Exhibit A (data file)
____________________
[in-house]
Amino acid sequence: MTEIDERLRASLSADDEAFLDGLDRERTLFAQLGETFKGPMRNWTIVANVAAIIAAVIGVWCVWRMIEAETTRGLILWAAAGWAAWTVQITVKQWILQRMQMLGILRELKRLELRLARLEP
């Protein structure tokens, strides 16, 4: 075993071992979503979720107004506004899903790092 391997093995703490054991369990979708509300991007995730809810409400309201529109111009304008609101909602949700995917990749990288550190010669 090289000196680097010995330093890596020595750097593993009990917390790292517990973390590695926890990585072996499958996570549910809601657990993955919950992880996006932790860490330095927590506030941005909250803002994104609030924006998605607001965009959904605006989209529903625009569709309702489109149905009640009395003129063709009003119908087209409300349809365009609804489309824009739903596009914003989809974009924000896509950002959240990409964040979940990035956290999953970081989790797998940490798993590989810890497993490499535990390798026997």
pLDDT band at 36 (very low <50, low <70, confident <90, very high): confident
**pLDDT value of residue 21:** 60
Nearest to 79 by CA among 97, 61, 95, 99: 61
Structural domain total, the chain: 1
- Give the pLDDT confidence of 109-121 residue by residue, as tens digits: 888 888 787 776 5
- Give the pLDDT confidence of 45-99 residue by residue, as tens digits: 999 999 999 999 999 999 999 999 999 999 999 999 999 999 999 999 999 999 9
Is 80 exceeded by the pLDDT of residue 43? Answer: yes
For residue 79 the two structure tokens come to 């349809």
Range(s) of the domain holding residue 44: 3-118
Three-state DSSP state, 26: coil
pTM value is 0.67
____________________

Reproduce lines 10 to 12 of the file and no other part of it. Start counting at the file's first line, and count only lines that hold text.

Is 80 exceeded by the pLDDT of residue 43? Answer: yes
For residue 79 the two structure tokens come to 């349809």
Range(s) of the domain holding residue 44: 3-118